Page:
Nov 3, 2008

The New Media Frontier

When blogging burst into public consciousness--see a sample timeline here--it promised to revolutionize everything. To paraphrase O Brother Where Art Thou: out with the old media mumbo-jumbo, in with the new democratized world of critical thinking. Every person a pamphleteer, every nabob a newspaperman. A veritable age of reason--just like the one they had in France.

In the last decade, what've we got? A few big blog-broken stories, a few bankrupt newspapers, gallons of the same old partisan fractiousness, and several gazillion pixels of gossip, confession and half-baked thought.

But I'm not all cynicism and snark. At their best, blogs connect the previously unconnectable. Academics reach an audience far beyond the readers of obscure journals. Ordinary people become niche experts and artisans and artists. Writers get discovered. Others get duly buried.

In an attempt to make sense of--and something good out of--this woolly world, the sixteen Christian bloggers in The New Media Frontier offer advice to interested believers. Unfortunately, because of the target market, non-evangelists will miss the title and some of its enormously practical advice.

My brother's chapter, the splash of cold water on a crackling blog-fire, moves past the traditional criticism of the medium* to focus on its soul-changing effects on the blogger. First, he claims, the new media threatens to numb its creators; the feverish pace of participation shuts out reflective silence. Second, virtual communication lacks the depth and authenticity of the face-to-face, creating a subtle pressure and permission to create what he calls "selective self-disclosure." Our online personas exaggerate or mask the true state of our being. These are good points, and any serious blogger, Christian or no, should take them seriously.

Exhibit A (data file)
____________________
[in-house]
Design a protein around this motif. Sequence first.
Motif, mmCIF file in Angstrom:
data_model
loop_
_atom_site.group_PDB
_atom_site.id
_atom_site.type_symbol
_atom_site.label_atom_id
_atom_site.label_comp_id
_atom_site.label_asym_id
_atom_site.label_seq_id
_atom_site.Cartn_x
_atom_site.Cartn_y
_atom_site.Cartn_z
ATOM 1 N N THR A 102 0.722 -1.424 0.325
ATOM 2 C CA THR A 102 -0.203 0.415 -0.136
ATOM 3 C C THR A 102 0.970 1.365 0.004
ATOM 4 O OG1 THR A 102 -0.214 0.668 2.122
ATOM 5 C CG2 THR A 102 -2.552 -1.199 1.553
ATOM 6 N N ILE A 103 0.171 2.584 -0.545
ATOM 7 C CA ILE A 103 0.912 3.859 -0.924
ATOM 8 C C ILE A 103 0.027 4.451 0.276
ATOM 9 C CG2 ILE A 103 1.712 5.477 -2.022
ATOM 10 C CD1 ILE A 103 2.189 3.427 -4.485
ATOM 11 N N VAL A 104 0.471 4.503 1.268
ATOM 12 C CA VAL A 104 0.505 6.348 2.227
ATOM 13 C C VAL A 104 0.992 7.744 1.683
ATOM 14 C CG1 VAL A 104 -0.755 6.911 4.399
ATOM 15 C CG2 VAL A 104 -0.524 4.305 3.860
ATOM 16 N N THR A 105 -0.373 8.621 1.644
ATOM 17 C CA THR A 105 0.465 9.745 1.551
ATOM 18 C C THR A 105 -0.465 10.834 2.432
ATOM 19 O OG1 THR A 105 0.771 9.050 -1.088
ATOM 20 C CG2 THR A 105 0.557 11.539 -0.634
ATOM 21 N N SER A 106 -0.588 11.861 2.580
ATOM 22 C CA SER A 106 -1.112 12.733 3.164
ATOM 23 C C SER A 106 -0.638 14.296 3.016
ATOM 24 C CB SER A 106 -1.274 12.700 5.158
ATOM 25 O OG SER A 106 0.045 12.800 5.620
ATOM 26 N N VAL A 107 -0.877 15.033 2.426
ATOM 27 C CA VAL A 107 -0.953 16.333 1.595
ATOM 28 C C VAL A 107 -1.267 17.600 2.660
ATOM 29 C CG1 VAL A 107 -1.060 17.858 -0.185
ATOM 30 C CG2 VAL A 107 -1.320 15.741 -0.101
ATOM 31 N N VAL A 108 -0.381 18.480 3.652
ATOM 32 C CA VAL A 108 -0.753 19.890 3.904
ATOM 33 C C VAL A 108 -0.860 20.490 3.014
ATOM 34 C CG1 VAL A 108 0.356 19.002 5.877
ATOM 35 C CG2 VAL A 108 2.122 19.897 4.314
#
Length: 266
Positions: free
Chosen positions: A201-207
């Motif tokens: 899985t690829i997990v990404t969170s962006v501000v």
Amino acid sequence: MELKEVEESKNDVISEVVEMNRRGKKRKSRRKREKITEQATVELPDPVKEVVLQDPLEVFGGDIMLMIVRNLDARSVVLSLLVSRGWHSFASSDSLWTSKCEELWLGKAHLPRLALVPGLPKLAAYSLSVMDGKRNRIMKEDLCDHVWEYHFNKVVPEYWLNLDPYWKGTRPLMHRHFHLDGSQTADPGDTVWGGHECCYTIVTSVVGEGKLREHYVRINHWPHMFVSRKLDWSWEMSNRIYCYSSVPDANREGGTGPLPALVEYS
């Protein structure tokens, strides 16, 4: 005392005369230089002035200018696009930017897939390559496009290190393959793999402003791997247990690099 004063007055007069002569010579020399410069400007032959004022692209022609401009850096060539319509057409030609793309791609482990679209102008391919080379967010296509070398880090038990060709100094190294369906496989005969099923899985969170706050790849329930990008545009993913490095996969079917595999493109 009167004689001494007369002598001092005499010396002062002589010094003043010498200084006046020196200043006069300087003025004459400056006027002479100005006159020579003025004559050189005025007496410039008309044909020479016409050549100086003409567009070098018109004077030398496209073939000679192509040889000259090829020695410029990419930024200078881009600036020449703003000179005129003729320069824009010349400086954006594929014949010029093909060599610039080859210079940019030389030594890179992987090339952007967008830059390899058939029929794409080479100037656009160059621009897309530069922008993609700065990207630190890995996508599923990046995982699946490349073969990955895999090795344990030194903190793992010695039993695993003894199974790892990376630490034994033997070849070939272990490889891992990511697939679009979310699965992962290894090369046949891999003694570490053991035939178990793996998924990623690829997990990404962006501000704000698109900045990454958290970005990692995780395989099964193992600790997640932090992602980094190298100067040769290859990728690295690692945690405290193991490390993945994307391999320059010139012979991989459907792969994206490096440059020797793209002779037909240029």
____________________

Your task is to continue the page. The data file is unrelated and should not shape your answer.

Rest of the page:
I want to focus on the third and final caution, not because I think it is off the mark, but because it is the least worrisome. My brother writes,
As a novice blogger, I advocated adopting the medium on the grounds that it made me more attentive to things happening around me. "I am always looking for my next blog post," I claimed. Such an approach, however, crippled my ability to understand reality and experience it as reality.... The productions of our interpretations of reality becomes a more important end than our own understanding of reality itself.... Reality is a mystery rich enough, good enough, and powerful enough to hold our fascination, but only as long as it remains outside of us as a good to be sought for its own sake.
Certainly the blogger who can't play backgammon without mentally writing his next blog post has lost a little balance in life. But the opposite extreme is even more deadly, mentally speaking. My brother begins his chapter by writing about a high school class, new media fish unable to describe or even perceive the water they swim in, and "resistant" to critical examination of their habitat. I have those same students--but they are students who need to start blogging, to try and understand their world, and, more important, to have their understanding refined by fellow bloggers.

Last, a parable. I'm a Wired subscriber, cashing in a few unused frequent flier miles a couple months back so I could keep up with the ongoing technological revolution. Its editors, whenever they're breathless about some kind of paradigm-shifting invention, need to remember that they're still publishing a print magazine, feet firmly planted in the 15th century.

As Jesus might have put it, the page we will always have with us.

*By way of comparison, consider an excerpt from Andrew Sullivan's blogging apologia in The Atlantic.
If all this sounds postmodern, that’s because it is. And blogging suffers from the same flaws as postmodernism: a failure to provide stable truth or a permanent perspective. A traditional writer is valued by readers precisely because they trust him to have thought long and hard about a subject, given it time to evolve in his head, and composed a piece of writing that is worth their time to read at length and to ponder. Bloggers don’t do this and cannot do this--and that limits them far more than it does traditional long-form writing.
Sullivan's critique is what my brother what describe as "uninteresting," since it makes the obvious point: blogs are ephemeral. Or perhaps just Emersonian.

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